Caprice on Flagel, 'War, Memory, and the 1913 Gettysburg Reunion'

Thomas R. Flagel
Kevin Caprice

Thomas R. Flagel. War, Memory, and the 1913 Gettysburg Reunion. Kent: Kent State University Press, 2019. 192 pp. $29.95 (cloth), ISBN 978-1-60635-371-4.

Reviewed by Kevin Caprice (University of Virginia) Published on H-CivWar (February, 2020) Commissioned by Madeleine Forrest (Randolph-Macon College)

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Thomas R. Flagel’s War, Memory, and the 1913 Gettysburg Reunion follows a duel narrative, presenting veterans as they retraced the memories of their past, and as they experienced the future in the progressive showcase that was the fiftieth anniversary reunion at Gettysburg. Covering the event from the planning stages in 1908 to its completion on July 4, 1913, Flagel provides a broad overview of the reunion, while focusing on four veterans in attendance to provide some texture to his analysis. Beyond these men, Flagel uses a variety of newspapers to fill in much of the details. Through his analysis, Flagel finds that for many at Gettysburg in 1913, it was about individual experience, and that individual experience was often found beyond the expertly sanitized reunion grounds, out where the men had done their duty fifty years prior.

In this work, Flagel allows the Gettysburg reunion to unfold chronologically, with each chapter covering a specific day or moment connected with the reunion. Chapters such as “Planning Glory,” “Getting There,” “Arrival,” and “Veterans’ Day” take a concentrated look the various stages of the reunion, allowing for a level of description and analysis that is far more pointed than most works on memory allow. Throughout these chapters, Flagel focuses not just on memory, but also on the forward-looking nature of the event. As Flagel notes, much of the reunion was not “a throwback to the war but a monument to the modern age of progressivism” (p. 32). Rather than the ramshackle nature of the 1863 encampments, the 1913 visit to Gettysburg included clean running water, state certified food thanks to the 1906 Pure Food and Drug Act and Meat Inspection Act, and an understanding of medicine far beyond what had existed fifty years prior. On July 3, there was a fireworks display that lasted nearly two hours, a display made possible by the twentieth-century mass production of pyrotechnics. Those in attendance, and veterans of Gettysburg especially, could not help but be struck by a bygone past celebrated through an event so enamored with the future.

When looking backward, Flagel takes a targeted approach to the growing field of Civil War memory. Rather than expanding his scope, such as Nina Silber did in This War Ain’t Over: Fighting the Civil War in New Deal America (2018), which traces Civil War memory into the 1940s, Flagel homes in on a singular event. From the vantage point of veterans returning “to a place of war memory,” Flagel argues, we can better understand how veterans saw their role in promoting, or not, national reconciliation (p. xi). Counter to David W. Blight’s argument in Race and Reunion: The Civil War in American Memory (2001), and more in line with Caroline E. Janney’s argument in Remembering the Civil War: Reunion and the Limits of Reconciliation (2013), Flagel asserts that when former soldiers arrived on the field at Gettysburg, it was not their primary intention to seek reconciliation, and, if anything, it was the flames of sectionalism that burned in most men’s breasts. But Flagel pushes his argument forward by breaking from the reconciliation versus antireconciliation binary, and instead argues that many, if not most, veterans had a rather myopic view of the Gettysburg reunion. Rather than wrestling with the larger ideological concept of reconciliation, veterans “almost invariably interpreted the site in personal rather than sectional or national terms” (p. xi). The veterans were interested in remembering and attempting to understand their own individual experience, as well as reconnecting with those men who had shared their experience. While the official program included speeches by politicians that pushed broader themes such as martyrdom of America’s soldiers or national reconciliation, veterans were rarely present to hear them; Flagel quotes a newspaper article that claimed “99 out of every 100 veterans” were on the battlefield during the day, not under the great tent listening to speeches (p. 61). Instead, veterans went to find former comrades they had not seen in fifty years, to look for the patch of ground on which they had fought, to attempt to reconcile why they had survived while so many others had not, or to seek forgiveness for the things they had done or had not done all those years ago. For these veterans, the Gettysburg Reunion had so much more to offer than listening to a politician's speech in a hot tent.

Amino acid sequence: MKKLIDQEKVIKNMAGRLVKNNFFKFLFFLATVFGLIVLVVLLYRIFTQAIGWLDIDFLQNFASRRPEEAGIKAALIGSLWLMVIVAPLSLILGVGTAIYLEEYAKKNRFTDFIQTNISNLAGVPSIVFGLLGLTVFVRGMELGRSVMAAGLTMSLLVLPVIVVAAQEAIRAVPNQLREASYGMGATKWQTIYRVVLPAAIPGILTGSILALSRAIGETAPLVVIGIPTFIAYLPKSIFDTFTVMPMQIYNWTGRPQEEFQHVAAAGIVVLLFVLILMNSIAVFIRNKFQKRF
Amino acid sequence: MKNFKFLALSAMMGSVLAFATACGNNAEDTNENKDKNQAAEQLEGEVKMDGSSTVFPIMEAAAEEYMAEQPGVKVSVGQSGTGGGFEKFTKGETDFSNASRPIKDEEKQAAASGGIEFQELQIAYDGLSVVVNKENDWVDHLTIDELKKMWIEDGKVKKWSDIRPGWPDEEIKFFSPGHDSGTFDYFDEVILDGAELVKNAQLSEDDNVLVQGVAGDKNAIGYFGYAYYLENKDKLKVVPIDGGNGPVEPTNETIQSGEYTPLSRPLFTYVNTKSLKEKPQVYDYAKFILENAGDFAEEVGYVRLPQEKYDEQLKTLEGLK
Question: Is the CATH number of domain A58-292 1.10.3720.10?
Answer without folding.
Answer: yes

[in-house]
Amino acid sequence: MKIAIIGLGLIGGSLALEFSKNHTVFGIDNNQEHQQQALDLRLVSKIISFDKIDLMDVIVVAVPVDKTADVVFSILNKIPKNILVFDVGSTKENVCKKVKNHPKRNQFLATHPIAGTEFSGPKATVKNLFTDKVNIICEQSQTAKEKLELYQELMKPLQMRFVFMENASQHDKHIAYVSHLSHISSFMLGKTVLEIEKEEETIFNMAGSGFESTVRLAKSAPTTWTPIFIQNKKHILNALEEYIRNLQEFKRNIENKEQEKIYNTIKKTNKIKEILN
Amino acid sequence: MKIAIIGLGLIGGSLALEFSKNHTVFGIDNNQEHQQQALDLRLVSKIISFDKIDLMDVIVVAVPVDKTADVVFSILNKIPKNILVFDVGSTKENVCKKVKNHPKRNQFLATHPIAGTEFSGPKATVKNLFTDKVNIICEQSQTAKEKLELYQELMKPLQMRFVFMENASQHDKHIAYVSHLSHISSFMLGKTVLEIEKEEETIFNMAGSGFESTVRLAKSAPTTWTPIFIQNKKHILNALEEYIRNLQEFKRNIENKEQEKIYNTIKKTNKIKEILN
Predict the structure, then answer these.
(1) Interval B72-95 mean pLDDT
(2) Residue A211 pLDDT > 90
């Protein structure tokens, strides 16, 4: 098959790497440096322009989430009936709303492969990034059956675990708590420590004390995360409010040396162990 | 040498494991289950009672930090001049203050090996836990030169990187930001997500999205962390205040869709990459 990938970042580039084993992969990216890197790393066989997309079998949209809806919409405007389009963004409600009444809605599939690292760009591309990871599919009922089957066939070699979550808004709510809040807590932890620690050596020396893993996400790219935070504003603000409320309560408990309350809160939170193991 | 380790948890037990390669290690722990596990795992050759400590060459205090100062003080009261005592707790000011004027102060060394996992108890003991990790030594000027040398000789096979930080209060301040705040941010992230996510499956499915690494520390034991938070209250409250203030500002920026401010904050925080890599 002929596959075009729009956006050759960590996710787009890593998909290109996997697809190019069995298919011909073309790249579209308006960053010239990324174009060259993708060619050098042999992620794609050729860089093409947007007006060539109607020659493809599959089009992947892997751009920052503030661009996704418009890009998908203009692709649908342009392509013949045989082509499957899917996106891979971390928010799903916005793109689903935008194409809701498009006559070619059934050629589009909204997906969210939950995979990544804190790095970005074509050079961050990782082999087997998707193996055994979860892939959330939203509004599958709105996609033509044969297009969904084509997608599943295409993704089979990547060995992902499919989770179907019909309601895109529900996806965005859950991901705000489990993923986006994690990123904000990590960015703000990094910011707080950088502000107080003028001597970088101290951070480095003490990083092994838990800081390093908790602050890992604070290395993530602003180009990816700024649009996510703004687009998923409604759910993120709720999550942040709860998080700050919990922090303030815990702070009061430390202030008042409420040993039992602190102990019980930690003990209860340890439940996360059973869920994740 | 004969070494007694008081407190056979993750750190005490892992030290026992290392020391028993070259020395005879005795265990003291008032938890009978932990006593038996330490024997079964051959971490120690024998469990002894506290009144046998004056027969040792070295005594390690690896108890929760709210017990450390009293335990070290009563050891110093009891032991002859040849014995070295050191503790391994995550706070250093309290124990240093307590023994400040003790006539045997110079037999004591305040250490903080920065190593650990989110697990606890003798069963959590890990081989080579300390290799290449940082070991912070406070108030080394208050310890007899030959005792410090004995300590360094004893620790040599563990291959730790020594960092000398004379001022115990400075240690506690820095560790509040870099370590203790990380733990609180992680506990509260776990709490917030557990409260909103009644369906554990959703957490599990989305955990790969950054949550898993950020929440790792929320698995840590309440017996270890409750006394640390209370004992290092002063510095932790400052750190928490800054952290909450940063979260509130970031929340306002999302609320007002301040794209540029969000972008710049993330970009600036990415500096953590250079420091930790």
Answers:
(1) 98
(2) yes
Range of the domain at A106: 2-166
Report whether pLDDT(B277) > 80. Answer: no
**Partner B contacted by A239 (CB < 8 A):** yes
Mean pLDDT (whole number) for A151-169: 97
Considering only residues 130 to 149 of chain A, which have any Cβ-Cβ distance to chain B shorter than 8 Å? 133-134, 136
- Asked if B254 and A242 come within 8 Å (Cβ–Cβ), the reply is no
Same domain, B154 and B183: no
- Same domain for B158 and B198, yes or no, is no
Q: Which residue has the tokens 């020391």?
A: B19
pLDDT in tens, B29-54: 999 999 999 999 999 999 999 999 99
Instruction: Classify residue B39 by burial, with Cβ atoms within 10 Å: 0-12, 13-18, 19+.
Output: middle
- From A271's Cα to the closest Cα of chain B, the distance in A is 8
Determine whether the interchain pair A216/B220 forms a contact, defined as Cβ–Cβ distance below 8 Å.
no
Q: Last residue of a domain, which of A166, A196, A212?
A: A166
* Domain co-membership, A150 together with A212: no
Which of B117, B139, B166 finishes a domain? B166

With this work, Flagel has added a new level of insight to the field of Civil War memory, and his microhistorical approach to the personal nature of memory is a welcome addition. His focus on four veterans, though far from representative, works well in connecting the reader with the desires and feelings of veterans at Gettysburg. If there is a critique of this work, it is that at times it feels more like a cul-de-sac than an on-ramp, and this reader wanted to see Flagel dedicate more space to connecting his insights to the broader field. For example, what does his work tell us about veterans and reconciliation beyond the Gettysburg battlefield? But it is a successful book that leaves the reader wanting more, and his interpretation is one with which future historians of Civil War memory will have to wrestle. 

Citation: Kevin Caprice. Review of Flagel, Thomas R., War, Memory, and the 1913 Gettysburg Reunion. H-CivWar, H-Net Reviews. February, 2020. URL:

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